Mean changes from baseline in CI, RAP, mPAP, SvO2, and NT-proBNP were summarized descriptively by treatment group. Changes in PVR were calculated as the percentage change from baseline and summarized using geometric means and two-sided 95% CLs. This methodology was prespecified to account for the high variability in baseline PVR levels and assumed a normal distribution of the log-transformed fold change from baseline to month 6. Changes from baseline to month 6 were also analysed post hoc by WHO functional class and background PAH-specific therapy at baseline. Treatment effects between macitentan 3 mg and macitentan 10 mg vs. placebo are presented as a difference in mean changes with 95% CL, using the observed data at month 6.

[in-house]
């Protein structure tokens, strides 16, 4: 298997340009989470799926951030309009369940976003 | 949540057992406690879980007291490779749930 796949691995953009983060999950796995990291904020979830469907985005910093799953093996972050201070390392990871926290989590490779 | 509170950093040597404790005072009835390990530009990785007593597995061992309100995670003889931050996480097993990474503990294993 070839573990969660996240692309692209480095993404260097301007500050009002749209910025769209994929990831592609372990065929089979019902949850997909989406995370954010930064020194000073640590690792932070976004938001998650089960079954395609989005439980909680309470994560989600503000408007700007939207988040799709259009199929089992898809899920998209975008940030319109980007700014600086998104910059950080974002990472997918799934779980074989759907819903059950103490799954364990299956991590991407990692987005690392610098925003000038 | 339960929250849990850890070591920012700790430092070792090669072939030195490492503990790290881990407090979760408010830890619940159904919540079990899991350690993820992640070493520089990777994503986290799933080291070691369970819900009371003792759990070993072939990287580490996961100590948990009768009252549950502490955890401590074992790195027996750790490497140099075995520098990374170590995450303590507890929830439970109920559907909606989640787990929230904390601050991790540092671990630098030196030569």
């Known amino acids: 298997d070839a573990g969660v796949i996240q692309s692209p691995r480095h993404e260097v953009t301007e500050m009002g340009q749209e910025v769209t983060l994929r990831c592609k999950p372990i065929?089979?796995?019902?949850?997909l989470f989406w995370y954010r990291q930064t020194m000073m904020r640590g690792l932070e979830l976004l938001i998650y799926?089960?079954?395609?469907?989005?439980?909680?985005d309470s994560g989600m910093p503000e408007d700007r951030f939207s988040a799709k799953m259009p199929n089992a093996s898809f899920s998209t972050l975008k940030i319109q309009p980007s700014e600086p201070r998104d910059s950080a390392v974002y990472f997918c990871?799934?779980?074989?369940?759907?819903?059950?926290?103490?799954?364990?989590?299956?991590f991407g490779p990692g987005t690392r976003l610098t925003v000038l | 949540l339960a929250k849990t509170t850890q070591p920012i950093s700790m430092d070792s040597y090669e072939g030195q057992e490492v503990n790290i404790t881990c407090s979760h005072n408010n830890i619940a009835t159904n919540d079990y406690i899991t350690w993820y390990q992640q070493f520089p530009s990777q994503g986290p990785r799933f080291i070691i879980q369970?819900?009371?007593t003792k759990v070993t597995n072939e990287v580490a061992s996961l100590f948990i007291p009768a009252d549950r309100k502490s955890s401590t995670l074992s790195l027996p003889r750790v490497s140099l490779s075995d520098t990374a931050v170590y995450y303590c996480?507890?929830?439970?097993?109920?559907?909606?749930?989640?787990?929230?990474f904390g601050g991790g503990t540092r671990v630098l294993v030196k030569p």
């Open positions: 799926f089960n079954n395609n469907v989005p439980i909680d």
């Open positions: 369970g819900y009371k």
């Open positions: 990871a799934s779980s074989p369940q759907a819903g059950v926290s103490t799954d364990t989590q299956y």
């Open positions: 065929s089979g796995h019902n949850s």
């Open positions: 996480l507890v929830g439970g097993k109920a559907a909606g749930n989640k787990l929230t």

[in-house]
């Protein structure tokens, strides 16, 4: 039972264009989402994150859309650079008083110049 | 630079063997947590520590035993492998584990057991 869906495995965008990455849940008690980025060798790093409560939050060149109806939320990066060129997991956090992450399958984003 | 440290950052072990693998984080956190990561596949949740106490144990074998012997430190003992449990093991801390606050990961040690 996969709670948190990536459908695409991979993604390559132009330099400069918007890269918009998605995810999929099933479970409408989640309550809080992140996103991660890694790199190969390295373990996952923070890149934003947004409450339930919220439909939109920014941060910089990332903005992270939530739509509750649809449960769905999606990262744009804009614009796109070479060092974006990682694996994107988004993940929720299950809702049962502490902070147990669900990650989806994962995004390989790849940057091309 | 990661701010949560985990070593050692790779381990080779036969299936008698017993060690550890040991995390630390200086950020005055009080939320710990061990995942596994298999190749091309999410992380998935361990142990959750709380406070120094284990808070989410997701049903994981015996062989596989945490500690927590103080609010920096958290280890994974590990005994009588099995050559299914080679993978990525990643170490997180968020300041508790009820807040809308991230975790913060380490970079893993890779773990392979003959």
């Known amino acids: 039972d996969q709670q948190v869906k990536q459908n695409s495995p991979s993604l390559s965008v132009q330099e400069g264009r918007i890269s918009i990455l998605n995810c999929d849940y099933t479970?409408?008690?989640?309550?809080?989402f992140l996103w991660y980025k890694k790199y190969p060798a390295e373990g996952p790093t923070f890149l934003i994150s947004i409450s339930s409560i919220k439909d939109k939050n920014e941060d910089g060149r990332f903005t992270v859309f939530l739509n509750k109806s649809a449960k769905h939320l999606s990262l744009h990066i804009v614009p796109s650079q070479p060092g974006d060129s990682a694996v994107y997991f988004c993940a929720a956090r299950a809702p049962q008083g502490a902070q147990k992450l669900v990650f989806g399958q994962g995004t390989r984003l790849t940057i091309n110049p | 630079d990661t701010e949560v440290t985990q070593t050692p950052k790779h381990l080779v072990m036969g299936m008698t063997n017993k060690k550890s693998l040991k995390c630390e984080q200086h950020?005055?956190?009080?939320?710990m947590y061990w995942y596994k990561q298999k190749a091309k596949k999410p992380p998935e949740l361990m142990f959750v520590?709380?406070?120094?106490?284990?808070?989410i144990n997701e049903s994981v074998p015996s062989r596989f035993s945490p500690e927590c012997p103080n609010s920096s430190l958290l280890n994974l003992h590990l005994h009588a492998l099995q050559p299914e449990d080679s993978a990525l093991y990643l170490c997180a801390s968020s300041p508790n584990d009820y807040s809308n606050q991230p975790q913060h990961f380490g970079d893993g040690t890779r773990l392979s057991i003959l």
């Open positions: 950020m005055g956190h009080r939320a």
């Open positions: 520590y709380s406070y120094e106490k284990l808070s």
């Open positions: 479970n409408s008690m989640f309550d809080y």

We investigated the prognostic relevance of the continuous variables for CI, RAP and NT-proBNP at baseline and month 6, and the changes in these levels from baseline to month 6, on disease progression as assessed by the primary endpoint. We also analysed whether being above or below a specific CI, RAP and NT-proBNP threshold at month 6 was associated with the risk of a morbidity/mortality event. Thresholds of 2.5L/min/m2 for CI and of 8mmHg for RAP were applied based on the low-risk profile described in the ESC/ERS 2015 PAH guidelines.1,2 For NT-proBNP, the threshold of 300ng/L outlined in the ESC/ERS 2015 guidelines could not be applied because the assay in our study was not compatible with the assay used to determine the 300ng/L threshold.11 We used a threshold of 750fmol/ml, the median NT-proBNP level at month 6 among all randomized patients with available data (n = 502).